Facebook recently announced that it will provide free ads to the World Health Organization (WHO) in an attempt to fight “misinformation” surrounding the coronavirus.
Reuters reports that social media giant Facebook has announced that it will provide free advertisements to the WHO as the group attempts to fight misinformation about the coronavirus online. Facebook CEO Mark Zuckerberg stated in a Facebook post: “We’re giving the WHO as many free ads as they need for their coronavirus response along with other in-kind support.”
The post further states:
We’re also focused on stopping hoaxes and harmful misinformation. It’s important that everyone has a place to share their experiences and talk about the outbreak, but as our community standards make clear, it’s not okay to share something that puts people in danger. So we’re removing false claims and conspiracy theories that have been flagged by leading global health organizations. We’re also blocking people from running ads that try to exploit the situation — for example, claiming that their product can cure the disease.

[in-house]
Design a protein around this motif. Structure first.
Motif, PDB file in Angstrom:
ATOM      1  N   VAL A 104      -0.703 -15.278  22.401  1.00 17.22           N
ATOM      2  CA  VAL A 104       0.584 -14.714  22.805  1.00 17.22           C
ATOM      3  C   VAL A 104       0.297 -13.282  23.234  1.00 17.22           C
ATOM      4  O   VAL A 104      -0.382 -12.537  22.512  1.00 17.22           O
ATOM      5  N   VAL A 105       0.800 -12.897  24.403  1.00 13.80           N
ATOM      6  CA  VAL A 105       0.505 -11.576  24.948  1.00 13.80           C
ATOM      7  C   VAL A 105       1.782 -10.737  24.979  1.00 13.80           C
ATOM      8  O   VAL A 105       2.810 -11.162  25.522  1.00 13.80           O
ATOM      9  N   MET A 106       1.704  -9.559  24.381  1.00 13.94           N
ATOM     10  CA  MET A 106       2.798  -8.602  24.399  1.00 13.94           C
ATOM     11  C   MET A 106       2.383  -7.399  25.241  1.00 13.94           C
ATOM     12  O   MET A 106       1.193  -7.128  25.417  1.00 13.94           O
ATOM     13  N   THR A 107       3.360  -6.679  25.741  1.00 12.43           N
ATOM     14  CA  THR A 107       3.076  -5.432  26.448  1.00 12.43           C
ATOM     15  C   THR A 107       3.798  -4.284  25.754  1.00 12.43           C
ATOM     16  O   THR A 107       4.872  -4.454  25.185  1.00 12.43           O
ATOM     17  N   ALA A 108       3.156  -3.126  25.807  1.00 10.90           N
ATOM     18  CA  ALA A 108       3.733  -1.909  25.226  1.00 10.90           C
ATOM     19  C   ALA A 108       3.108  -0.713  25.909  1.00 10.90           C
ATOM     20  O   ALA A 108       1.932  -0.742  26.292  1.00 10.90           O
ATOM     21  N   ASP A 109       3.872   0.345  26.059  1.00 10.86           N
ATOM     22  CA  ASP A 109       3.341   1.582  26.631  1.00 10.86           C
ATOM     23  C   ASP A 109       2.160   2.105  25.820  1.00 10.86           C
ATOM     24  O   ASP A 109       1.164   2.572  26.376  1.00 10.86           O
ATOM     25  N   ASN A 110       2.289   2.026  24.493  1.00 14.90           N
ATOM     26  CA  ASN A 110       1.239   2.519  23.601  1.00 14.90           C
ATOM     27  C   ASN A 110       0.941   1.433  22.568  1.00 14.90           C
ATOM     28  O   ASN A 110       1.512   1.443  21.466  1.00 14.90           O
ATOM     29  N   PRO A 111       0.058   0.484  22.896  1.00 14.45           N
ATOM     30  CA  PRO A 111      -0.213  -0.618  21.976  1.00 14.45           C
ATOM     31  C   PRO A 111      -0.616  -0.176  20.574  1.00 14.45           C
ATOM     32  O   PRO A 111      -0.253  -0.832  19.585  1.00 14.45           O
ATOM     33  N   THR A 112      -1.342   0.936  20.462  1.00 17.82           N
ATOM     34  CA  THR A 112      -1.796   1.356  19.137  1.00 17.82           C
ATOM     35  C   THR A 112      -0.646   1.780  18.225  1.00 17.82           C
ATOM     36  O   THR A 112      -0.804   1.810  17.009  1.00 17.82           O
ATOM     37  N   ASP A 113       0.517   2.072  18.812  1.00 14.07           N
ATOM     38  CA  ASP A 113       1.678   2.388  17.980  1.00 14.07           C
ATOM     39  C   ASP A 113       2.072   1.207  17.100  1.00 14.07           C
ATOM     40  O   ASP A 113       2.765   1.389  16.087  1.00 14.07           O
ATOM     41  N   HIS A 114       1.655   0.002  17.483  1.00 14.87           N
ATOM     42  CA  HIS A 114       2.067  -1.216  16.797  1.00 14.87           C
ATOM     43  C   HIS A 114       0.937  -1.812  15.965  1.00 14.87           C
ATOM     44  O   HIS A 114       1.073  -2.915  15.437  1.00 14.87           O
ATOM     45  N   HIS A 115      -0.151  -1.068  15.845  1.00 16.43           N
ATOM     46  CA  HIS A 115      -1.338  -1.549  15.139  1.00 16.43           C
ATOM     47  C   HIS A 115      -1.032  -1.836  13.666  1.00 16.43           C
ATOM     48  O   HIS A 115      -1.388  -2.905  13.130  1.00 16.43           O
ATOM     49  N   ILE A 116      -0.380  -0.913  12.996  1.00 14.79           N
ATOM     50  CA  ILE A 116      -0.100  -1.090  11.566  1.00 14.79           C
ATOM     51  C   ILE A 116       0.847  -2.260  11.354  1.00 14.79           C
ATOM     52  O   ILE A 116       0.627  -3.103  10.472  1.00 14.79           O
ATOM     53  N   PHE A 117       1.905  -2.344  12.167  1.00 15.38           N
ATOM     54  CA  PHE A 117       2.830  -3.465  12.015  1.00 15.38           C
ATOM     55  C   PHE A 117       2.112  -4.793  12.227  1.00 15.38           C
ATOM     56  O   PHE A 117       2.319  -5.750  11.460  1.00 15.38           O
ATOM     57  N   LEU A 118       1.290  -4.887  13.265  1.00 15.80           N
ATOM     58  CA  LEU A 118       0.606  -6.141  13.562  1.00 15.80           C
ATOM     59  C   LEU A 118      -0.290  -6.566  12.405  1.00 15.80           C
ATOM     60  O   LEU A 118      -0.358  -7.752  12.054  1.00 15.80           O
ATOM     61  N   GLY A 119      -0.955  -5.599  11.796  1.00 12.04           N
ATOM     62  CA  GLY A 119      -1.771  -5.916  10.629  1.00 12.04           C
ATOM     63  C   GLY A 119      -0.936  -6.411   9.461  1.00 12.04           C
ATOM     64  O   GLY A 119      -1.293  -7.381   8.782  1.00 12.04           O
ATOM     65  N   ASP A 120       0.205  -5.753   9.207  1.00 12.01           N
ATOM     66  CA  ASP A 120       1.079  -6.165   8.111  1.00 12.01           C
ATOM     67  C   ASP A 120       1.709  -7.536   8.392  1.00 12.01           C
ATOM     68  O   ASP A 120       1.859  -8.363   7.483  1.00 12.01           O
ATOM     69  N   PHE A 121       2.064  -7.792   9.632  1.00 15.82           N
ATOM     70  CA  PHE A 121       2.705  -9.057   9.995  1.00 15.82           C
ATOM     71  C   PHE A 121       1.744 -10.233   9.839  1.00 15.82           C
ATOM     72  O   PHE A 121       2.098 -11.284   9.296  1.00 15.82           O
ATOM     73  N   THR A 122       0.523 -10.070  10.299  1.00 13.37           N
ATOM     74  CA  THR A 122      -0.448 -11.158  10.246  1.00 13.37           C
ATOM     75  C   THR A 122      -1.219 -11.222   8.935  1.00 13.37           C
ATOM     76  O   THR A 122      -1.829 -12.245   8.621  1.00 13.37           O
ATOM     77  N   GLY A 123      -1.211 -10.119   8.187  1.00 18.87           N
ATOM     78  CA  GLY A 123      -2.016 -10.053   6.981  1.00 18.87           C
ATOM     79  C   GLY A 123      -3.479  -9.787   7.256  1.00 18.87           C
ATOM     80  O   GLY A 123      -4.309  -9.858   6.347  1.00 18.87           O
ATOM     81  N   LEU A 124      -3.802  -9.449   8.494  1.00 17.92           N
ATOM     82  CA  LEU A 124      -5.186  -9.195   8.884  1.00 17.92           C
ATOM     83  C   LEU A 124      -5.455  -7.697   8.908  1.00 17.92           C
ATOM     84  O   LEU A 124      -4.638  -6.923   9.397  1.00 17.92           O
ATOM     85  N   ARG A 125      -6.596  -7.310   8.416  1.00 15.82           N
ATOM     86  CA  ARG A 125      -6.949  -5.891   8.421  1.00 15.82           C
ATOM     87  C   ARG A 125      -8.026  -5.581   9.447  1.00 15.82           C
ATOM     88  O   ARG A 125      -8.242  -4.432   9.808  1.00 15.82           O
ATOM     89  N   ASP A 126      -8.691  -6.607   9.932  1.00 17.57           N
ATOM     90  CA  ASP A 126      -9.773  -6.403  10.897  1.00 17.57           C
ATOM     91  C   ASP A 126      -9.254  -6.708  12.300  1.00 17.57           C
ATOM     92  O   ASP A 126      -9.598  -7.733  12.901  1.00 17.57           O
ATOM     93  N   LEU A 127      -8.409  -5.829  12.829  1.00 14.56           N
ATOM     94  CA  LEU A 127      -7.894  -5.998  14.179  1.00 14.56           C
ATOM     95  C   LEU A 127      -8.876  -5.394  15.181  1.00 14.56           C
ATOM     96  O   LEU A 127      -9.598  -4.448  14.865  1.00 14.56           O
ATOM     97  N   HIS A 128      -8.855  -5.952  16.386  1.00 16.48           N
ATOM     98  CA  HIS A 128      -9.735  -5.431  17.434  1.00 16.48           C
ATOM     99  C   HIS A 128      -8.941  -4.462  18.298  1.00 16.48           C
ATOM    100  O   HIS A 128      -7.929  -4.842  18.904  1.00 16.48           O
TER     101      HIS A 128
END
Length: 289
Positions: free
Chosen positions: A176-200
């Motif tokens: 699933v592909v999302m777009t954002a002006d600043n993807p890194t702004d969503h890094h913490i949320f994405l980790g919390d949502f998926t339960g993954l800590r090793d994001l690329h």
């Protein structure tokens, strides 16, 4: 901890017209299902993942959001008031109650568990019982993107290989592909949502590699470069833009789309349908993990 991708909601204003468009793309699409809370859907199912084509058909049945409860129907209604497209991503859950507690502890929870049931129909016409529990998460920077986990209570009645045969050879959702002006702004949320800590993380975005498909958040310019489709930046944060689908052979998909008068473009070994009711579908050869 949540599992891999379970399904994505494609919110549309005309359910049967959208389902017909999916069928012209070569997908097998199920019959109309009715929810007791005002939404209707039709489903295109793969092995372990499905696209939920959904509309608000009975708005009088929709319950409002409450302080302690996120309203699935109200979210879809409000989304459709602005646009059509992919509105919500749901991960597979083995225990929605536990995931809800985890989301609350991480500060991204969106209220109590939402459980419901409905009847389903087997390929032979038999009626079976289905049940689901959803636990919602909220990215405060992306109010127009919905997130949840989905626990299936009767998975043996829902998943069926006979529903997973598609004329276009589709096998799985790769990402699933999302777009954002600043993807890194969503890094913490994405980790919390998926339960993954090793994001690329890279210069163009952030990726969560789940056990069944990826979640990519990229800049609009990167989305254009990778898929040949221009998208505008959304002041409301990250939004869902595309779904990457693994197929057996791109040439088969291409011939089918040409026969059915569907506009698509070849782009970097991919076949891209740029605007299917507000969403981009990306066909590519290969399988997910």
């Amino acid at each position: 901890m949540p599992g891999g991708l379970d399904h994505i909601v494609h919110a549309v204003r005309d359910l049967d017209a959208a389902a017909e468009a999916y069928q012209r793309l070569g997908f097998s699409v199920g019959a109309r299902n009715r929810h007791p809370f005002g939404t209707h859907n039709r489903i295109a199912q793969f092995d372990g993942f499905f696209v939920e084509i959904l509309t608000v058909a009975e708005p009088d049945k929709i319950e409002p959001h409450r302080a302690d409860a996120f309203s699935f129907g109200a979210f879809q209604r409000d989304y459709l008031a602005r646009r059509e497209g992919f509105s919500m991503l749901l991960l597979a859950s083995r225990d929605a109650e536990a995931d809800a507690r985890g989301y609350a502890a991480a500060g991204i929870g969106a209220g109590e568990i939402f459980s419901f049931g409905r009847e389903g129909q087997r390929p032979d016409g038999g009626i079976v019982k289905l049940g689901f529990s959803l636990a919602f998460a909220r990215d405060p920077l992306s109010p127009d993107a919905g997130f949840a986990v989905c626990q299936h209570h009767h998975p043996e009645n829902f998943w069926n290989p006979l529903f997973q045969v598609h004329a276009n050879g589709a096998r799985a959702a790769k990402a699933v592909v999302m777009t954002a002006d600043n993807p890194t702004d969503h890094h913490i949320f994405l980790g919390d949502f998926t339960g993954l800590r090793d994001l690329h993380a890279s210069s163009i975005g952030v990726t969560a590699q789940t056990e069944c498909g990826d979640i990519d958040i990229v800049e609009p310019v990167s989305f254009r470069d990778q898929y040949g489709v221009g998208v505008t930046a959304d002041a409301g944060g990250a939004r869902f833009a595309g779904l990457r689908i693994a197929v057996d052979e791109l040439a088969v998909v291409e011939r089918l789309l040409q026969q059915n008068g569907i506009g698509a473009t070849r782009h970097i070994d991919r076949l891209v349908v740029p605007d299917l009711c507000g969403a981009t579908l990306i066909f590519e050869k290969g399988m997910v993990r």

As well as accessing information, we’re also looking at how people can use our services to help contribute to the broader efforts to contain the outbreak. Researchers are already using aggregated and anonymized Facebook data — including mobility data and population density maps — to better understand how the virus is spreading.
Facebook users that search for posts on coronavirus will now see pop-ups that direct them to the WHO or local health authority for the latest information. Zuckerberg further promised that Facebook would remove false claims and conspiracy theories flagged by leading Global health organization to help combat misinformation about the virus. Zuckerberg stated that Facebook would be working with global health experts and give “millions more in ad credits” to other health organizations.
Tech firms such as Google, Facebook, and Apple have stated that they are restricting travel to and from China. Google has also restricted travel to Japan, South Korea, Iran, and Italy while Amazon and Salesforce have both frozen all nonessential business travel indefinitely.
Google also confirmed reports on Monday that it had asked 8,000 of its workers at the company’s offices in Dublin, Ireland, to work from home following reports of a possible coronavirus infection at the offices. A Google spokesperson wrote in an email: “We continue to take precautionary measures to protect the health and safety of our workforce. In accordance with the advice of medical experts, and as part of that effort we have asked our Dublin teams to work from home tomorrow.”